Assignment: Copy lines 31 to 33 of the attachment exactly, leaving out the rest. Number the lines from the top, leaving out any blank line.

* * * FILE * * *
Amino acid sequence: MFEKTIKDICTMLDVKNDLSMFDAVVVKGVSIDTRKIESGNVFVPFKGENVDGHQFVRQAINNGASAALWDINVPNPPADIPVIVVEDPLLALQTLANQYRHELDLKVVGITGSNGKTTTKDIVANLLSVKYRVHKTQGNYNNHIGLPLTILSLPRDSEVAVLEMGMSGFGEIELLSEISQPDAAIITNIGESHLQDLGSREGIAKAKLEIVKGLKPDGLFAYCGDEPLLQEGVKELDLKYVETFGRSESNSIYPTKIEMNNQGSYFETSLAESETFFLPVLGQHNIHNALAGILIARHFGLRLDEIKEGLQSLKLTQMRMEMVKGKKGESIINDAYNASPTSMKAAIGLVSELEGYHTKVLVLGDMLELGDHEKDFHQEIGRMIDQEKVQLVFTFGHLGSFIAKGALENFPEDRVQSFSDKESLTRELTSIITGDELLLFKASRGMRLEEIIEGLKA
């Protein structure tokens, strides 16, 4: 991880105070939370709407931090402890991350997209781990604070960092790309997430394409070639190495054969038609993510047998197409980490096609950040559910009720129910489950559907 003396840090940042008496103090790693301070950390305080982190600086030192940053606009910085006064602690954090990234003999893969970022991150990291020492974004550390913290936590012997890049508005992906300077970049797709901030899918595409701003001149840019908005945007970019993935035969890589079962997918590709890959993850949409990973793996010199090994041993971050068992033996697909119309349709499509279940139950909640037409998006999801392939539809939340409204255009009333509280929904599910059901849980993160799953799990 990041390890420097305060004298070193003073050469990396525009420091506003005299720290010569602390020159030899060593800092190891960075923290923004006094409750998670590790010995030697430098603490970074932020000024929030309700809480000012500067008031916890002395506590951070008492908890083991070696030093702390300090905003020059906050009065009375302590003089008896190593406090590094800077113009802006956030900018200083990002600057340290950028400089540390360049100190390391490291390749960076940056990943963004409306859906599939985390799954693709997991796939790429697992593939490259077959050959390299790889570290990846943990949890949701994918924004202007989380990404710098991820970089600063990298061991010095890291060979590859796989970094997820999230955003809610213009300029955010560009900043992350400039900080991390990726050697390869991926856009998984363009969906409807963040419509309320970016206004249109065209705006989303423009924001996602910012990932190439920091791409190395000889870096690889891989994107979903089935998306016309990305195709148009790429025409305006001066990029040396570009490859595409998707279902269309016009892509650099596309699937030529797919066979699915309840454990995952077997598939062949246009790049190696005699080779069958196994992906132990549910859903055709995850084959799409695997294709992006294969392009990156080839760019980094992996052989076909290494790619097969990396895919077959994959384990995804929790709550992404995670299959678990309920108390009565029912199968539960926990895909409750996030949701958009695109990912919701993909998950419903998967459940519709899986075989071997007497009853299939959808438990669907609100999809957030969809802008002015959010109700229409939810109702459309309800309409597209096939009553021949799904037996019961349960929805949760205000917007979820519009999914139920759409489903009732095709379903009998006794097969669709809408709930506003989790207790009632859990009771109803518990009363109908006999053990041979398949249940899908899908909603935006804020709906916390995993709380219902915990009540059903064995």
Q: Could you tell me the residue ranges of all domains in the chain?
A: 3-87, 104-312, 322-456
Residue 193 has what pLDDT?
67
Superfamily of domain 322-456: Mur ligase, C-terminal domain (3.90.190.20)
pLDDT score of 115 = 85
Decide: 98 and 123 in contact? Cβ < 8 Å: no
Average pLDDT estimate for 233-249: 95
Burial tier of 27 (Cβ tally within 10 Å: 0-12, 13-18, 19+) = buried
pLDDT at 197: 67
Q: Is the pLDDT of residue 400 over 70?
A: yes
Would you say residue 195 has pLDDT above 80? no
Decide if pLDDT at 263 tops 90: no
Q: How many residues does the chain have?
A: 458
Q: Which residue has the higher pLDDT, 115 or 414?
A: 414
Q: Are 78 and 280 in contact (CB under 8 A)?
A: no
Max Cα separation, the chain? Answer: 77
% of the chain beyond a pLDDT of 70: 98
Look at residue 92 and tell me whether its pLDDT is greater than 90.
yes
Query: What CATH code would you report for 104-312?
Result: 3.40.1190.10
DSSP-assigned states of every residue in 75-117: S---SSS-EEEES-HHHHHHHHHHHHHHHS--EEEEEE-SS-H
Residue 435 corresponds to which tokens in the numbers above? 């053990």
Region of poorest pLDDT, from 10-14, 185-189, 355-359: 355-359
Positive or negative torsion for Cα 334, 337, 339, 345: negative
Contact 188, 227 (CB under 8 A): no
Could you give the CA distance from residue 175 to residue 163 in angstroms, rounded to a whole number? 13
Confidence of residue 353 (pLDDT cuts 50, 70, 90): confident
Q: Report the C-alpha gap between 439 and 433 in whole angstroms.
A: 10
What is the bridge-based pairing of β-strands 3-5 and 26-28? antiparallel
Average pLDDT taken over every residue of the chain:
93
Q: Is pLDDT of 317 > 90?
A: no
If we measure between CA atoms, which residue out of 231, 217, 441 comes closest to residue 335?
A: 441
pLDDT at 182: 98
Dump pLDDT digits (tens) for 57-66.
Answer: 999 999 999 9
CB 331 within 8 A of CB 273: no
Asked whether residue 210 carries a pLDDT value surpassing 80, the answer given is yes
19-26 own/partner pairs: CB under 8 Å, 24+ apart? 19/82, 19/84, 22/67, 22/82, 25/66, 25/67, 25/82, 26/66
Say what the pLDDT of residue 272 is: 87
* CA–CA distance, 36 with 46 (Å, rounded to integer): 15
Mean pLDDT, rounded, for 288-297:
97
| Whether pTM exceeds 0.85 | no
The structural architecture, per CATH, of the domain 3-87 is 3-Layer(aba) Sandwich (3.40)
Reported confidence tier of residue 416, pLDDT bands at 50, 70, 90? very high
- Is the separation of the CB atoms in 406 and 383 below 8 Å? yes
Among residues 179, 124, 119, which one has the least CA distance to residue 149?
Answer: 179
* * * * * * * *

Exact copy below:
Region of poorest pLDDT, from 10-14, 185-189, 355-359: 355-359
Positive or negative torsion for Cα 334, 337, 339, 345: negative
Contact 188, 227 (CB under 8 A): no